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2 Palestinians die of wounds as al-Aqsa tensions escalate

Israeli forces attempt to disperse Palestinian Muslim worshipers outside Lions' Gate, a main entrance to the al-Aqsa Mosque compound in Jerusalem al-Quds' Old City on July 22, 2017. (Photo by AFP)

Two Palestinian teenagers have succumbed to their injuries sustained in a fresh wave of tensions over Israel’s imposition of restrictive measures at the al-Aqsa Mosque compound in the occupied East Jerusalem al-Quds.

The Palestinian Health Ministry said Oday Nawajaa, 17, died on Saturday after being hit by Israeli live fire in the West Bank city of al-Eizariya.

Another 18-year-old Palestinian sustained fatal injuries in the West Bank town of Abu Dis when a petrol bomb exploded prematurely, the ministry added.

Tensions erupted in the occupied territories on July 14, when a deadly shooting took place outside the Haram al-Sharif which Jews call Temple Mount.

Following the incident, Israeli police briefly shut down the al-Aqsa compound and canceled Muslim Friday prayers at the holy site.

Faced with mounting criticism, Israel reopened the compound on July 16, but with metal detectors and surveillance cameras put up at entrances.

Since then, however, Palestinians have been refusing to enter the al-Aqsa compound while holding mass prayers outside the site, some of which have turned violent. 

Israel installs new cameras

On Sunday, Israel installed new cameras at Lions' Gate, a main entrance to the al-Aqsa Mosque compound.

Israeli media reported that the cameras are able to identify people carrying weapons without the use of metal detectors.

It was not clear if the new camera system had also been set up at the Chain Gate and the Mughrabi Gate, two other access points to the Haram al-Sharif.

An Israeli TV report said Saturday night that the regime was set to remove the metal detectors at al-Aqsa gates and set up fenced-off “sleeves” there.

Muslim worshipers would be required to file through the narrow routes while people deemed suspicious would be checked with hand-held metal detectors, the report added.

Palestinian Muslim worshipers pray outside Lions' Gate, a main entrance to the al-Aqsa Mosque compound in Jerusalem al-Quds' Old City on July 22, 2017. (Photo by AFP)

According to the Red Crescent, 390 Palestinians have been wounded, including close to 100 hospitalized for Israeli live fire or rubber bullet injuries over the past few days.

Three Palestinians have been killed in street clashes with Israeli forces in Jerusalem al-Quds and three Israelis in an alleged stabbing attack at a West Bank settlement.

On Saturday, Israeli police used stun grenades and water cannons to disperse dozens of stone-throwing Palestinians.

Palestinians say Israel’s fresh restrictions at al-Aqsa are meant to expand the regime’s control over the highly-sensitive site and change its status quo.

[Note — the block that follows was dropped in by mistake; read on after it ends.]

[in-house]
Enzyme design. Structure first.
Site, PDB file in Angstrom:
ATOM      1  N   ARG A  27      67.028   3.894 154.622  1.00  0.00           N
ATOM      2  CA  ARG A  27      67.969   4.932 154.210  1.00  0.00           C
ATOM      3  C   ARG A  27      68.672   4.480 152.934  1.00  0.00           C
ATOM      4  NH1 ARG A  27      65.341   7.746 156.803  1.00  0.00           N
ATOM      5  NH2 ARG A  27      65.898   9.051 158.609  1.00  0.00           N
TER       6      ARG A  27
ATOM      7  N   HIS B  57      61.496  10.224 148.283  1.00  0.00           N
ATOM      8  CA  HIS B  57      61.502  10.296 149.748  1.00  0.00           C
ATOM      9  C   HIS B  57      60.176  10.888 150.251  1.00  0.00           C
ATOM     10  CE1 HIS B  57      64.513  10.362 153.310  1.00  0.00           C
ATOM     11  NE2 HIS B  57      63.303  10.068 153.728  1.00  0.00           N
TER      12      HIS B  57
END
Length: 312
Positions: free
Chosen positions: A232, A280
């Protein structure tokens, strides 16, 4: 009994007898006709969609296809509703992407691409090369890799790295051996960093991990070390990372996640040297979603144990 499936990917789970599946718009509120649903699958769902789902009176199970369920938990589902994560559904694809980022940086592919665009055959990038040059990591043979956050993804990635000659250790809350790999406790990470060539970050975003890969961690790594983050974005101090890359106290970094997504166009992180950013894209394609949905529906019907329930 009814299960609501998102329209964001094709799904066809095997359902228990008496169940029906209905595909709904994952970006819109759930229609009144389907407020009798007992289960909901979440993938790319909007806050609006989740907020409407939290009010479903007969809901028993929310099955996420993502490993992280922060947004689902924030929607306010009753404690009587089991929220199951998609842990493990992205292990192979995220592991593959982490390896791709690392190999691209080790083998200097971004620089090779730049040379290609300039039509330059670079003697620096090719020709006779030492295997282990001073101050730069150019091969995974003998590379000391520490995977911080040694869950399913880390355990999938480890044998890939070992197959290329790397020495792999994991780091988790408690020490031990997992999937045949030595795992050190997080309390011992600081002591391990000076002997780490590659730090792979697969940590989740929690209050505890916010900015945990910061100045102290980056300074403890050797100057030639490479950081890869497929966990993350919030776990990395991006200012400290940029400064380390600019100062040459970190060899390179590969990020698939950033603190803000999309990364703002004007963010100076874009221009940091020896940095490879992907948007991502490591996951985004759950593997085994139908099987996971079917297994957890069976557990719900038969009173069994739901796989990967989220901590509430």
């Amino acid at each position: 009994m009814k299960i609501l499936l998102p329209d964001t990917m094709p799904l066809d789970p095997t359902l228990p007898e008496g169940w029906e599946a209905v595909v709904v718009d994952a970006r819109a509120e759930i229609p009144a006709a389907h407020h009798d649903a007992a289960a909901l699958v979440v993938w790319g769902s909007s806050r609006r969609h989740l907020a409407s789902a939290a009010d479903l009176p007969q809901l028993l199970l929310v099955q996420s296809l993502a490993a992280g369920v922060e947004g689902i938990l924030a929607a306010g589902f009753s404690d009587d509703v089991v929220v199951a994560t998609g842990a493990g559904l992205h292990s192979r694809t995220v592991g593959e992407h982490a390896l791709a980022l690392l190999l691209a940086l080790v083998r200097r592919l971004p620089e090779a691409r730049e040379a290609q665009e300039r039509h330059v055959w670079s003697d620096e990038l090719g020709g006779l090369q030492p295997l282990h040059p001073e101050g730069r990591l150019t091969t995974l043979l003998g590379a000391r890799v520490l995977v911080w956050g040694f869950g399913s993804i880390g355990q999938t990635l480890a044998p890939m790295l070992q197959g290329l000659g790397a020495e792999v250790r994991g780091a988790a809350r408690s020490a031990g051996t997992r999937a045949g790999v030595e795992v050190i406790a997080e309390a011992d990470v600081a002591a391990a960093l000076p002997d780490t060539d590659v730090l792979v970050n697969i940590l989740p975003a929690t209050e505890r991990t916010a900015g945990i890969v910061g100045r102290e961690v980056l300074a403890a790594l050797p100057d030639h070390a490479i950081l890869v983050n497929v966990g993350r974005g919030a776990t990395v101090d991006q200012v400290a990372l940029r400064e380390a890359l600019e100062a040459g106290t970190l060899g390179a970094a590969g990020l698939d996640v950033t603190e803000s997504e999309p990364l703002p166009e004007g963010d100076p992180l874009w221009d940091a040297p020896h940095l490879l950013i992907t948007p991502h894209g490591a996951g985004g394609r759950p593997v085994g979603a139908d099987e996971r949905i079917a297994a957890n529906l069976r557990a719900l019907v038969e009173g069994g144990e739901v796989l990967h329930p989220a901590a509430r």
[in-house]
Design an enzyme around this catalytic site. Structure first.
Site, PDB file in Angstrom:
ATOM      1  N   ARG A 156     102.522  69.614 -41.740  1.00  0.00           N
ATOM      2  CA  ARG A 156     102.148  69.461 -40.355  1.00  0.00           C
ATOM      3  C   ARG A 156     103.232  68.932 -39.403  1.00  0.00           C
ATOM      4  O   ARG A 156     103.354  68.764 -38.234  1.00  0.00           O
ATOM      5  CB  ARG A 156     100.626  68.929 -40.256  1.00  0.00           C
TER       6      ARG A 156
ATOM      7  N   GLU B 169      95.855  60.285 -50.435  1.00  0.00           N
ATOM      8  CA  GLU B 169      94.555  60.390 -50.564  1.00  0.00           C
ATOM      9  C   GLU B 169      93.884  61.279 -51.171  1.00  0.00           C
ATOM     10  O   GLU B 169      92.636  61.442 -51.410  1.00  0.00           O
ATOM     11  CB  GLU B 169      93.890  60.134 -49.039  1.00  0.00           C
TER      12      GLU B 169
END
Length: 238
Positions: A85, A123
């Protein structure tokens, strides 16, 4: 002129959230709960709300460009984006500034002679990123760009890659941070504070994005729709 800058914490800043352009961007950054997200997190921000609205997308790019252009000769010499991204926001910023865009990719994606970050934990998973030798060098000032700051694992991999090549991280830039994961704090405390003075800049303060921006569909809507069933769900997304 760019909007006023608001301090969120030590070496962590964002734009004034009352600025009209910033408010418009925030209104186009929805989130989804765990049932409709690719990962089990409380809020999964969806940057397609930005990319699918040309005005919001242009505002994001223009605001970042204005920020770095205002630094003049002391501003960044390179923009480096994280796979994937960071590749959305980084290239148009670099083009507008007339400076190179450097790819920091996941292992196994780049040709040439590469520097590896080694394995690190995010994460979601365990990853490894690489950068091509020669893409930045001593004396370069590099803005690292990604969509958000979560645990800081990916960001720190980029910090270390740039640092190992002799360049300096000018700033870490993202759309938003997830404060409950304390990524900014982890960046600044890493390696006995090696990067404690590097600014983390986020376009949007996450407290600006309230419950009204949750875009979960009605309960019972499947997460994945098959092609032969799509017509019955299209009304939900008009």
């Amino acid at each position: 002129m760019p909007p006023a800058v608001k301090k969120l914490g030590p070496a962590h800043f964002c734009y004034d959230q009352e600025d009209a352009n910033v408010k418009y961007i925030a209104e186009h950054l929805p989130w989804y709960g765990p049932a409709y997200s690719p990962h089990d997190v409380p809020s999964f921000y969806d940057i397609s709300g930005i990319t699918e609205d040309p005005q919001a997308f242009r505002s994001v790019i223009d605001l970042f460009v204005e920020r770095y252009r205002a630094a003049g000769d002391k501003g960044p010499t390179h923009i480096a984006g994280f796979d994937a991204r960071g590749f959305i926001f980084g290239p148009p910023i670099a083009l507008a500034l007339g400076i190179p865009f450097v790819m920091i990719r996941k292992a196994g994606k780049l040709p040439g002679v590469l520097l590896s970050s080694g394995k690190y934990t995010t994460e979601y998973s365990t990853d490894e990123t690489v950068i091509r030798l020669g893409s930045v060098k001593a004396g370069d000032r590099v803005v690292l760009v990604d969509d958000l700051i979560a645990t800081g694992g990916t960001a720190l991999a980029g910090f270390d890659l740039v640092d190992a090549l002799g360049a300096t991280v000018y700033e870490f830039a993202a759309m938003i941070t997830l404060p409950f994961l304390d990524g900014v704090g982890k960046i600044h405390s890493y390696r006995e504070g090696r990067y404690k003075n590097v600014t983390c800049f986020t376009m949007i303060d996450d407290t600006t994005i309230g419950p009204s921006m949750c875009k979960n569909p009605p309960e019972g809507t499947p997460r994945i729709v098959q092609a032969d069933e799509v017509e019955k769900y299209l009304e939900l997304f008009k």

Palestinian President Mahmoud Abbas ordered the suspension of all official contact with Tel Aviv until it removed the metal detectors at the al-Aqsa Mosque compound gates.

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Arab League to hold emergency meeting  

Hossam Zaki, assistant secretary general of the Arab League, has told the Asharq al-Awsat daily that foreign ministers from the 22-member pan-Arab body will attend an emergency meeting within 48 hours upon the request of Jordan in order to discuss the latest developments in Jerusalem al-Quds and the al-Aqsa Mosque.

Jerusalem al-Quds' top Muslim cleric, Mohammed Hussein, has said that protests against Israel’s restrictions will continue until the devices are removed, stressing, “We will not back off."

The Middle East Quartet, comprising Russia, the US, the European Union and the United Nations, has expressed concerns over the growing escalation in Jerusalem al-Quds. The UN Security Council is expected to meet on Monday to discuss the tensions. 

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Muslims stage al-Aqsa solidarity demos

Muslims have held anti-Israeli protests in Jordan, Turkey and Malaysia.

Demonstrators gathered in the Jordanian capital, Amman, calling on the Arab and Muslim world to unify and "condemn the targeting of Jerusalem [al-Quds] and al-Aqsa Mosque"

Jordan's official Petra news agency reported that several political parties had issued a statement underlining the need for "unity of ranks" among Palestinians in order to "stand up to the Israeli plans."

Jordanians shout slogans during a demonstration in Amman following Friday prayers on July 21, 2017, to protest against new Israeli restrictive measures at al-Aqsa Mosque. (Photo by AFP)

Additionally, the Turkish cities of Ankara and Istanbul witnessed rallies in solidarity with al-Aqsa.

Turkey’s Prime Minister Binali Yildirim said that the Israeli measures at al-Aqsa "don't help to solve any problem, on the contrary, they will lead to an increase of tension in the region.”

Thousands of Malaysians also took to the streets of the capital Kuala Lumpur, carrying Palestinian flags and chanting slogans against Israel.

The protest ended at the US embassy, where representatives of the demonstrators delivered a letter in condemnation of the Israeli actions.

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